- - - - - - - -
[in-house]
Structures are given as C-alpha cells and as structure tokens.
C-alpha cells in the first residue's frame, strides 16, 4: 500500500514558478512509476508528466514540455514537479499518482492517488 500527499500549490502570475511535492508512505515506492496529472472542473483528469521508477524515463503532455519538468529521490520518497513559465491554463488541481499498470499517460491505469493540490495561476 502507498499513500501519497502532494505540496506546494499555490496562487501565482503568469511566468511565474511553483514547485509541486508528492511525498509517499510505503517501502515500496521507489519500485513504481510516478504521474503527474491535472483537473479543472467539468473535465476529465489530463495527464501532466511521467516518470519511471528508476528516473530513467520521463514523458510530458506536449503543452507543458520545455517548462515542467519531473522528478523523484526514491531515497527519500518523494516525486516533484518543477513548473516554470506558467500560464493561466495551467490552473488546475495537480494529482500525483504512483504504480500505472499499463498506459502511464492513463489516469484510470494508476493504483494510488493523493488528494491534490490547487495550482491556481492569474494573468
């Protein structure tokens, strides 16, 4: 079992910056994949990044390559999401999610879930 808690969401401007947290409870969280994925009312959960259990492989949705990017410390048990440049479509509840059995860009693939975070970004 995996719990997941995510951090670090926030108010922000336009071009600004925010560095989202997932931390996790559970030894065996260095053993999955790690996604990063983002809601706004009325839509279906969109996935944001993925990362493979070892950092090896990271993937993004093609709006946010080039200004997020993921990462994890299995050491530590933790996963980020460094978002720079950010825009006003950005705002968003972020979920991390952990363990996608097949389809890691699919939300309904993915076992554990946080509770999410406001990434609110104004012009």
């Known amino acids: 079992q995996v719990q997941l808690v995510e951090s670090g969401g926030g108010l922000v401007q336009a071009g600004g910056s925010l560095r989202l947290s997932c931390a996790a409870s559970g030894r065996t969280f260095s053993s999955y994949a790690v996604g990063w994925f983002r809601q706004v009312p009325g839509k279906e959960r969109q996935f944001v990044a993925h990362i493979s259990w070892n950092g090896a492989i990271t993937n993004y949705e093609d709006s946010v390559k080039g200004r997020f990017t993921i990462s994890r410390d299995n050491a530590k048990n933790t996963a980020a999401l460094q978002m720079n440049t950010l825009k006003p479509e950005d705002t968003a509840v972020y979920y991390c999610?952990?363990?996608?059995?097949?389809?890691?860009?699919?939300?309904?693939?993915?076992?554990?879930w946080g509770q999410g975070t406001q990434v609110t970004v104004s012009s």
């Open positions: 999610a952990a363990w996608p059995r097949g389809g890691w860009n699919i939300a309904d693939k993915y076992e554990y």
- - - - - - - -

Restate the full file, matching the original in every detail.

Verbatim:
[in-house]
Structures are given as C-alpha cells and as structure tokens.
C-alpha cells in the first residue's frame, strides 16, 4: 500500500514558478512509476508528466514540455514537479499518482492517488 500527499500549490502570475511535492508512505515506492496529472472542473483528469521508477524515463503532455519538468529521490520518497513559465491554463488541481499498470499517460491505469493540490495561476 502507498499513500501519497502532494505540496506546494499555490496562487501565482503568469511566468511565474511553483514547485509541486508528492511525498509517499510505503517501502515500496521507489519500485513504481510516478504521474503527474491535472483537473479543472467539468473535465476529465489530463495527464501532466511521467516518470519511471528508476528516473530513467520521463514523458510530458506536449503543452507543458520545455517548462515542467519531473522528478523523484526514491531515497527519500518523494516525486516533484518543477513548473516554470506558467500560464493561466495551467490552473488546475495537480494529482500525483504512483504504480500505472499499463498506459502511464492513463489516469484510470494508476493504483494510488493523493488528494491534490490547487495550482491556481492569474494573468
């Protein structure tokens, strides 16, 4: 079992910056994949990044390559999401999610879930 808690969401401007947290409870969280994925009312959960259990492989949705990017410390048990440049479509509840059995860009693939975070970004 995996719990997941995510951090670090926030108010922000336009071009600004925010560095989202997932931390996790559970030894065996260095053993999955790690996604990063983002809601706004009325839509279906969109996935944001993925990362493979070892950092090896990271993937993004093609709006946010080039200004997020993921990462994890299995050491530590933790996963980020460094978002720079950010825009006003950005705002968003972020979920991390952990363990996608097949389809890691699919939300309904993915076992554990946080509770999410406001990434609110104004012009």
């Known amino acids: 079992q995996v719990q997941l808690v995510e951090s670090g969401g926030g108010l922000v401007q336009a071009g600004g910056s925010l560095r989202l947290s997932c931390a996790a409870s559970g030894r065996t969280f260095s053993s999955y994949a790690v996604g990063w994925f983002r809601q706004v009312p009325g839509k279906e959960r969109q996935f944001v990044a993925h990362i493979s259990w070892n950092g090896a492989i990271t993937n993004y949705e093609d709006s946010v390559k080039g200004r997020f990017t993921i990462s994890r410390d299995n050491a530590k048990n933790t996963a980020a999401l460094q978002m720079n440049t950010l825009k006003p479509e950005d705002t968003a509840v972020y979920y991390c999610?952990?363990?996608?059995?097949?389809?890691?860009?699919?939300?309904?693939?993915?076992?554990?879930w946080g509770q999410g975070t406001q990434v609110t970004v104004s012009s």
């Open positions: 999610a952990a363990w996608p059995r097949g389809g890691w860009n699919i939300a309904d693939k993915y076992e554990y």